Author Topic: Seeking Beta-Readers: Ogre Problems: Short Story (First Half) 1300 words  (Read 479 times)

Offline Idioume

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We lived in the remote mountain of Hnitbjorg, at the peak where the ground was flat enough to build on. Kirkmadog, our small village, resembled any other village. It was a cluster of grey houses with glass windows and crooked chimneys, and rows of fences too small to protect anything. Each house had spacious gardens with patches of flowers and trees in full leaf that leaned over the dust-paths. Children gathered in their shade and picked fallen sticks, then straddled shoulders to reach fresh fruit—apples, pears, and cherries—hanging from the trees of their parents' neighbours, while rotten ones lay at their feet. Between the walls of any house worries were much the same as any village in the country—they touched on the weather, the economy, and work fatigue. Two weeks ago, on national Marshmallow toasting day, a change emerged from the woods. Since then, we stayed cooped up in our homes and only one concern hung over our heads: survival.
    It happened at eight o’clock. We were sitting outside around fires, with our boots turned toward the embers and the heat warming our faces, when a growl rose from somewhere up west. At the second growl, we understood it came from the forest. At the third, we concluded its source wished us no good. Then we caught sight of it, between two trees, about seventy yards away. It was an ogre. The creature stood still for a while, a shadow at the forest’s edge, before leaping forward in one great burst of energy. The earth shook at each of its steps and a cloud of dust flew up where it passed. Whether the scent of melted marshmallows or fate had led it to us, we knew not.
    There were shouts and cries, some gesturing and pointing. Skewers fell to the ground. The creature looked exactly the way we thought it would. It had a long, flat nose. Its eyes were small and beady and black. Its body was slender and flabby, with a semitransluscent skin. A large bear hide served as its loincloth. With gleaming eyes, the creature ran straight for our gardens and laid waste to them. It devoured our apples, our pears, our cherries, and gobbled up the few villagers that got in the way. Once it had its fill, it burped and patted its oversized belly with a callous green hand. Then it walked away, out of the open and back to the shaded world of trees. We sighed in relief, certain this would be the last we saw of it. We were wrong. The next night it returned, and every night after that for two weeks.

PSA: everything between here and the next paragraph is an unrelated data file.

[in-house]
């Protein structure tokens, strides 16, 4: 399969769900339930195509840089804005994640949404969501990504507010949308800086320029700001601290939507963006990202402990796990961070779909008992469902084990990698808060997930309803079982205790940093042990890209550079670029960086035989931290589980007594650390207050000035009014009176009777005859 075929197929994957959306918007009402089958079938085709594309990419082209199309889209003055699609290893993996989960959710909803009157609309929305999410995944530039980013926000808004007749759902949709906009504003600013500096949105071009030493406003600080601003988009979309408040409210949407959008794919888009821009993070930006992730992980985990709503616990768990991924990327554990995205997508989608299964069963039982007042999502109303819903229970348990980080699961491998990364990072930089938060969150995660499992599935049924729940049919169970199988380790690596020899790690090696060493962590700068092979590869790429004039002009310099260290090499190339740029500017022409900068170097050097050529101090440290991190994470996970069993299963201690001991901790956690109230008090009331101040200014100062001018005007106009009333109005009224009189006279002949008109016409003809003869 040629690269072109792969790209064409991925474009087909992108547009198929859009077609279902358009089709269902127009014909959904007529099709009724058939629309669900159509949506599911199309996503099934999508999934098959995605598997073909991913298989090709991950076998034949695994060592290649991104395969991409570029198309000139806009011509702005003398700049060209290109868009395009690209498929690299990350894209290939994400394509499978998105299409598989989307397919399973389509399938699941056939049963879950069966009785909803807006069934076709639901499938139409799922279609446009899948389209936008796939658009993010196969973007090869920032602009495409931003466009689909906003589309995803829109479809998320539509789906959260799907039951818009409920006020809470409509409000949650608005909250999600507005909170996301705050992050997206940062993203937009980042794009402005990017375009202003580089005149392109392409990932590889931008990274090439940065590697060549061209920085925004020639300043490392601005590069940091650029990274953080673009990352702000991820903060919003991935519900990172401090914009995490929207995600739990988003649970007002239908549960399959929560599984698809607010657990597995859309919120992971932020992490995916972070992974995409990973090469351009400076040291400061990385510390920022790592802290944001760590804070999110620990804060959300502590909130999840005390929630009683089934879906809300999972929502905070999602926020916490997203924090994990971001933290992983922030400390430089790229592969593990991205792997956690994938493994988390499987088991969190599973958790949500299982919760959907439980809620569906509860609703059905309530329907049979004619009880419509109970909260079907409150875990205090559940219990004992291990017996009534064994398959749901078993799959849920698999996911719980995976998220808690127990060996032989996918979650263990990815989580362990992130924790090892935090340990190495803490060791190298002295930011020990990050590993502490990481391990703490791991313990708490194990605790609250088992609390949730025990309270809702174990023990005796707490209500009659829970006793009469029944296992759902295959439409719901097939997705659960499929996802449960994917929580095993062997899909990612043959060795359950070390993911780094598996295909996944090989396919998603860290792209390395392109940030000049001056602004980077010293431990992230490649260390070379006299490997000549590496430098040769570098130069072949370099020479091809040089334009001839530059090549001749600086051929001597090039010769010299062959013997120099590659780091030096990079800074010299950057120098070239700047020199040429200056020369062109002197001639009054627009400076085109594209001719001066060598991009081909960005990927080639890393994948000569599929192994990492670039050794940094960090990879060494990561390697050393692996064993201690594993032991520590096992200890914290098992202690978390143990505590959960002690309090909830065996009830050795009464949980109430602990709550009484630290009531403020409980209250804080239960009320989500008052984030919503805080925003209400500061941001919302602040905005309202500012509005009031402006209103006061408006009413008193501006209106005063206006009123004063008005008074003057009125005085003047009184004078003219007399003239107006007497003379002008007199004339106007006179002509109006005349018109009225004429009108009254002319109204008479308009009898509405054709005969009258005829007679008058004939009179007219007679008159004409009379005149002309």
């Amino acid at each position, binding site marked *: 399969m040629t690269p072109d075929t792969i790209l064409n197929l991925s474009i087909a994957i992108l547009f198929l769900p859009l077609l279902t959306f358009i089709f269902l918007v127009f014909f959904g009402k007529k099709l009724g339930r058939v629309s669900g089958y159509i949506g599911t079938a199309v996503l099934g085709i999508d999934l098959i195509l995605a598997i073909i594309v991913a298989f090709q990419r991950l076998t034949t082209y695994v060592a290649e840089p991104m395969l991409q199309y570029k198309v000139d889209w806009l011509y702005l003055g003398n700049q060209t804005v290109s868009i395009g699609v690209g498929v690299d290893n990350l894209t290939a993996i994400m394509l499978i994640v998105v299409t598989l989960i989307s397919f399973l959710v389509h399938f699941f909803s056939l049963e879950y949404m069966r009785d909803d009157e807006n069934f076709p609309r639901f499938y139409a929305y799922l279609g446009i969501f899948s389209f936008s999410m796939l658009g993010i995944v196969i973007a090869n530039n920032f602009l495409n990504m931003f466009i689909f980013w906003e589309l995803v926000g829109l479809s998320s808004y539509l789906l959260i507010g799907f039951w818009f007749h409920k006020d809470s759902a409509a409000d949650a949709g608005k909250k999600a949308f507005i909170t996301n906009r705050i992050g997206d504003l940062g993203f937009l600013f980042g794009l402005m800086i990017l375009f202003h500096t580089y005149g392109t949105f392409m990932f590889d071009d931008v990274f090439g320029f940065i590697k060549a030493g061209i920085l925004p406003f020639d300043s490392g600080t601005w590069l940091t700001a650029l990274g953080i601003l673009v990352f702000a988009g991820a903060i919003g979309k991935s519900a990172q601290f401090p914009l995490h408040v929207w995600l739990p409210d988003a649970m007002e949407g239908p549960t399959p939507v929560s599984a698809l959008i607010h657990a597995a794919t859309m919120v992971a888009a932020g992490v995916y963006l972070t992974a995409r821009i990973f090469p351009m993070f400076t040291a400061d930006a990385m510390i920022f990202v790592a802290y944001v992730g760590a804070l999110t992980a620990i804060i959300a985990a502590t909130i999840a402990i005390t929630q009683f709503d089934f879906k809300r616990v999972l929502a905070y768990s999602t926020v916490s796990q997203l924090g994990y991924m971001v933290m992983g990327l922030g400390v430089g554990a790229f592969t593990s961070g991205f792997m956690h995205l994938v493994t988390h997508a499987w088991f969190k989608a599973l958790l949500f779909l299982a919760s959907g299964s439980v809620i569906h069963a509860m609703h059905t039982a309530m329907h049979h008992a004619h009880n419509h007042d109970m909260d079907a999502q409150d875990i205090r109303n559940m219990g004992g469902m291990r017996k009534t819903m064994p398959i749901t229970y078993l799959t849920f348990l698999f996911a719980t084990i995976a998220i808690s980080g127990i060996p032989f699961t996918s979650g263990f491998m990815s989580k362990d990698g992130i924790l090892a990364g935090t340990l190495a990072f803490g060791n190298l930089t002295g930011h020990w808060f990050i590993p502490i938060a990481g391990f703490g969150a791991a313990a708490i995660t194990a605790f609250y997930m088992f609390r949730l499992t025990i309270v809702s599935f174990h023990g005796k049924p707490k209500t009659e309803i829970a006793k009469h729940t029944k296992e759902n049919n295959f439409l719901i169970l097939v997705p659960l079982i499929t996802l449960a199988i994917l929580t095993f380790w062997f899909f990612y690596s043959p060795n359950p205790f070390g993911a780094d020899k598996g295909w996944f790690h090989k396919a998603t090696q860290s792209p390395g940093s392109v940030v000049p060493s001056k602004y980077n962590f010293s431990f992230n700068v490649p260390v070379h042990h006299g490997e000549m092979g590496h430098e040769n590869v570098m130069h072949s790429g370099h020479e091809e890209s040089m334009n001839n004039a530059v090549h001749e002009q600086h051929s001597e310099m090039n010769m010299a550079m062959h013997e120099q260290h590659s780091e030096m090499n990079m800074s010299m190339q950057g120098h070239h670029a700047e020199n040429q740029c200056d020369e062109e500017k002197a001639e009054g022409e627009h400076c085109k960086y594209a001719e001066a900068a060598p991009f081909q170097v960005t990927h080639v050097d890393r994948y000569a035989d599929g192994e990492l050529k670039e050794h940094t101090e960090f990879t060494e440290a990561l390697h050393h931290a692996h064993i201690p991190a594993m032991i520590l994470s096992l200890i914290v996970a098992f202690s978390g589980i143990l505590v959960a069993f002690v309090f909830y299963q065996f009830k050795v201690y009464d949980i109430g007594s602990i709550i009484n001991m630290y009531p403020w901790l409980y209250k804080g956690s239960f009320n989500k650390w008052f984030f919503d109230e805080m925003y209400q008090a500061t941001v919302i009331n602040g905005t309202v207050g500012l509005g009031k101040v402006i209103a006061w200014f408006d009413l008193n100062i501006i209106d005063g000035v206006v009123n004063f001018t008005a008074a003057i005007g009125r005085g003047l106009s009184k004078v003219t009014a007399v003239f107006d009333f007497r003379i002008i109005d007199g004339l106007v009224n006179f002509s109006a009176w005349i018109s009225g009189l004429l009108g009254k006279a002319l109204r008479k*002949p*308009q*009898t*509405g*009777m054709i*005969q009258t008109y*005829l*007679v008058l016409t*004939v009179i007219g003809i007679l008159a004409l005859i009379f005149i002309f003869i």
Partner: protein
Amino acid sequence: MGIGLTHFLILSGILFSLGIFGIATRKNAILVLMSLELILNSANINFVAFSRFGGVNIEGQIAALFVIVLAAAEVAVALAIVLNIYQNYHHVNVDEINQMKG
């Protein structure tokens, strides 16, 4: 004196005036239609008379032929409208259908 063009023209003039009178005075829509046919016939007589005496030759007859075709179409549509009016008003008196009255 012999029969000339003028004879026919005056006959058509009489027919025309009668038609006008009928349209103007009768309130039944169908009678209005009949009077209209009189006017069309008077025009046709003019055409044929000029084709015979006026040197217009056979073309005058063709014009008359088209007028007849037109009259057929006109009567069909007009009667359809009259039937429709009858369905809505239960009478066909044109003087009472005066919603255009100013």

Faced with this, Nick, the village chief, grew short of patience. On Monday, he held council to work out solutions against the ogre. Things had come to a head, and he swore to spare no effort to bring them to an end. Alone if he had to, he said. Imagine a grimacing little man, red in the face, with a crooked back, waving fists at the air, shouting: ‘It ain’t right. It just ain’t right!’ That's our Nick.
    That night after supper, we left our homes to go knock on Nick’s door. His youngest daughter showed us in. The room was warm and bright, the curtains drawn, the lights turned off.  In a hearth at the center flames danced on logs. Nick sat at the far corner where it threw back its light. His face was urgent, he was gnashing his teeth. We waited a while for him to look up and see us. Then greetings were exchanged, our cups were filled to the brim, and we joined a semi-circle of birch-wood chairs around the fire, and, eyes shining and brows furrowed, we got to it.